Functionaries, consultants, lawyers and lobbyists testified before McCain's committee. Yet Reed—like Grover Norquist whose Americans for Tax Reform served as a conduit for more than $1 million in Indian gaming money for Abramoff—was never called to testify.
McCain's reluctance to get all the way to the bottom of the scandal is understandable. The millions Abramoff and his associates were donating to the Republican Party was building the permanent majority that Texas Congressman Tom DeLay promised would be paid for by lobbyists.
While John McCain is running for president on his success in pursuing Jack Abramoff, some reporter will inevitably ask him why he failed to pursue big funders who were considered too powerful to challenge.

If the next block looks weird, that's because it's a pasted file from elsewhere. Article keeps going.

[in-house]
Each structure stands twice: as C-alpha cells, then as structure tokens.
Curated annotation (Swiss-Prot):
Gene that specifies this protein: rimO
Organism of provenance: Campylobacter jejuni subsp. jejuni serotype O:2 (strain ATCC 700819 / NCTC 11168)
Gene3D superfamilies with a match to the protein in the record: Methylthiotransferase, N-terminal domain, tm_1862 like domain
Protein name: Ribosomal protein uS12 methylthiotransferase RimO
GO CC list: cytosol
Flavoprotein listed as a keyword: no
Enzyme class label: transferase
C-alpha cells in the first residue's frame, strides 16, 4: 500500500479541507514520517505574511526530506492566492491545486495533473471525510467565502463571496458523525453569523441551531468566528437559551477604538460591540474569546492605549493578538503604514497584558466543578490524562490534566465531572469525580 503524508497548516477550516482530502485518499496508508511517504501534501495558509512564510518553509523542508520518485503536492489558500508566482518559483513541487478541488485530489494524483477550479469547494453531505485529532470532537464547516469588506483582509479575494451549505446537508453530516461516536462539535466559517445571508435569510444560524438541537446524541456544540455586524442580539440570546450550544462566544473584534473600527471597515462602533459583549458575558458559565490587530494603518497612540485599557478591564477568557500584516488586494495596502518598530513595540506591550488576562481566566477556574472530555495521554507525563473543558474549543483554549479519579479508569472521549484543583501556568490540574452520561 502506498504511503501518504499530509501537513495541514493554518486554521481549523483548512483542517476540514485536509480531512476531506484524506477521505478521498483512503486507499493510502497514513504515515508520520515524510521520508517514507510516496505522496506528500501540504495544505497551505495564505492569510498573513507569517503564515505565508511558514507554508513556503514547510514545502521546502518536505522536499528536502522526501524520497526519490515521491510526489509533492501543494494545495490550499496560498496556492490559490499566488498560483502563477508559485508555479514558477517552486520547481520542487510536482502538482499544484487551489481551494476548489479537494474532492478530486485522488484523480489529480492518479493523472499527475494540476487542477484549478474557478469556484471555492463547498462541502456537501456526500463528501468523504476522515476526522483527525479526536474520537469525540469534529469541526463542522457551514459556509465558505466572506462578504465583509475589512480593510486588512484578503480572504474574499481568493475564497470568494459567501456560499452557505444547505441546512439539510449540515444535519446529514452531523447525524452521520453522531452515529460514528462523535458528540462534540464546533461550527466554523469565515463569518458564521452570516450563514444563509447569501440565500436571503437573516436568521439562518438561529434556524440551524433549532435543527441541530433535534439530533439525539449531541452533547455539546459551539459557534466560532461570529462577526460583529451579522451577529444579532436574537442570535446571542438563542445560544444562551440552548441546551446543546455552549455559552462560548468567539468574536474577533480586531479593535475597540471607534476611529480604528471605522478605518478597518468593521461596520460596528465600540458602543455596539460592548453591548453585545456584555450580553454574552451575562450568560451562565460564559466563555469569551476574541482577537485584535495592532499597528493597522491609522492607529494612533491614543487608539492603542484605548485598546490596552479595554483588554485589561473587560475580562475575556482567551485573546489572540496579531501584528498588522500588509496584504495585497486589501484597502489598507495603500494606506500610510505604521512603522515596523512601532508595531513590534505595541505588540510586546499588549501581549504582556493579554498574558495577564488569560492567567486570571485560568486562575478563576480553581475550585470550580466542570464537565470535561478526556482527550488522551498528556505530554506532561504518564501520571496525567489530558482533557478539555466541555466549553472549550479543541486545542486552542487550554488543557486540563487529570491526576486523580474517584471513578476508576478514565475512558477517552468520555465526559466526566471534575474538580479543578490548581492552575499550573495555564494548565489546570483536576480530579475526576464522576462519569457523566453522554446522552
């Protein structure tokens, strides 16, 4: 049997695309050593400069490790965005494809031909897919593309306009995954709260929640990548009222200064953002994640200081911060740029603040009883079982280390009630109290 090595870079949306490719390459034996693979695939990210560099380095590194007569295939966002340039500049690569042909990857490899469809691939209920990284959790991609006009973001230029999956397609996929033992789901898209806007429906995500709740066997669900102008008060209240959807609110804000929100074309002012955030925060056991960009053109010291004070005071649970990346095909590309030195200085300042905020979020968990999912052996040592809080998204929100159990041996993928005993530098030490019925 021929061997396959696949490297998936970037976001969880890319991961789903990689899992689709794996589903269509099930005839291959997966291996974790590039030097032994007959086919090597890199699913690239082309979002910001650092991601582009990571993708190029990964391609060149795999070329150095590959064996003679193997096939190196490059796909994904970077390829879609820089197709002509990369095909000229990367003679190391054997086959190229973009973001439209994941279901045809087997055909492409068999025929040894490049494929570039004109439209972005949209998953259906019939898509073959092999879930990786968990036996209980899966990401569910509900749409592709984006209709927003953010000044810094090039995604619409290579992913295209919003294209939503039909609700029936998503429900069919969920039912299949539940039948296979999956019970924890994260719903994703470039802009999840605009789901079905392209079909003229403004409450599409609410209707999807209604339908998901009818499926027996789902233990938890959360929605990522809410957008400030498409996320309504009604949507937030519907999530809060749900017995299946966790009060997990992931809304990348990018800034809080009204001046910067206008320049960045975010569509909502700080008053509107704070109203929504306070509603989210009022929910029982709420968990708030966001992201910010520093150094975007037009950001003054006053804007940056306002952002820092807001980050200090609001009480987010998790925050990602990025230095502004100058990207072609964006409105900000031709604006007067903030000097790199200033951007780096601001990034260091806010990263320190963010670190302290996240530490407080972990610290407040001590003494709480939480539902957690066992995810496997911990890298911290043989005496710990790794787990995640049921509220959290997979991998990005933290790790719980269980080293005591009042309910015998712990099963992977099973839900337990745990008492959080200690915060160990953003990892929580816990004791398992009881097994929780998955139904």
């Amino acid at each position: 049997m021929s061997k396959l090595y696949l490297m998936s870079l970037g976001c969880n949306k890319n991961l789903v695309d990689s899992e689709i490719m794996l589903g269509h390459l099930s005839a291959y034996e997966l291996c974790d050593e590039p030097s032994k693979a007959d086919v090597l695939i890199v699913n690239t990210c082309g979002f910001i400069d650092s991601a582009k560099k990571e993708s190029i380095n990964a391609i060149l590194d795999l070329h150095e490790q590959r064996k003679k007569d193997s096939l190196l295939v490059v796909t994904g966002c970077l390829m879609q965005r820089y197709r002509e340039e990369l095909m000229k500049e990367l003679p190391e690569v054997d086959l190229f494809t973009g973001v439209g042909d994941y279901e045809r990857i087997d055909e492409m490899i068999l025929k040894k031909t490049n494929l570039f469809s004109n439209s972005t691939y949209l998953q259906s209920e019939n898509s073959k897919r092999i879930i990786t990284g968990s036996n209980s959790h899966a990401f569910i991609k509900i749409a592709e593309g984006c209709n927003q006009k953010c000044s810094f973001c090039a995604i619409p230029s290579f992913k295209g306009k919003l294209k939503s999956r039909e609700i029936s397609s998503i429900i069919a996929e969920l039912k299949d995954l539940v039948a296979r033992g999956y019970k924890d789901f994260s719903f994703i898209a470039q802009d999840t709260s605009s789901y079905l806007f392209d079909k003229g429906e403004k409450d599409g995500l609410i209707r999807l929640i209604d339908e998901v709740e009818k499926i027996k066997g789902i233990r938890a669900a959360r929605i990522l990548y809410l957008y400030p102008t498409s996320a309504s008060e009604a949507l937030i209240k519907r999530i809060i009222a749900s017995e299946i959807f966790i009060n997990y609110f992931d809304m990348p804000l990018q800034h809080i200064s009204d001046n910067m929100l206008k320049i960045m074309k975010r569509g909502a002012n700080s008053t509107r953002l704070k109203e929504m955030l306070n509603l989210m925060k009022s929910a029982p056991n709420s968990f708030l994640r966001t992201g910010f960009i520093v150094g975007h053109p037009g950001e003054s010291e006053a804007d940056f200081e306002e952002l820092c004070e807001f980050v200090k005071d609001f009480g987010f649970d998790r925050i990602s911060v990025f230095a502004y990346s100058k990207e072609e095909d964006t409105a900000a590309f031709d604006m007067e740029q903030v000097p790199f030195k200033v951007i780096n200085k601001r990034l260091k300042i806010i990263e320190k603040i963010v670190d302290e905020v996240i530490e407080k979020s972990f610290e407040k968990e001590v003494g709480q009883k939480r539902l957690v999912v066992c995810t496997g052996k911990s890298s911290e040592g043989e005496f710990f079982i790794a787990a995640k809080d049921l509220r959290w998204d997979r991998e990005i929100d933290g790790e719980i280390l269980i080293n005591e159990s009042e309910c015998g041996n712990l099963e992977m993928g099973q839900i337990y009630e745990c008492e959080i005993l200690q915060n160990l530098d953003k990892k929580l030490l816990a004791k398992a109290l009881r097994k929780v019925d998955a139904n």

Don't expect to hear Ralph Reed raise that question as a news analyst for "the most trusted name in news."
Saturday, February 02, 2008
Sure, John McCain investigated and called to task a number of figures involved in the Abramoff Indian gaming scandal that stole $80 million from the tribes. Not Ralph Reed, however. Quaintly, CNN hired Reed as political commentator. That might end up being quite fortunate for McCain. (via BookForum).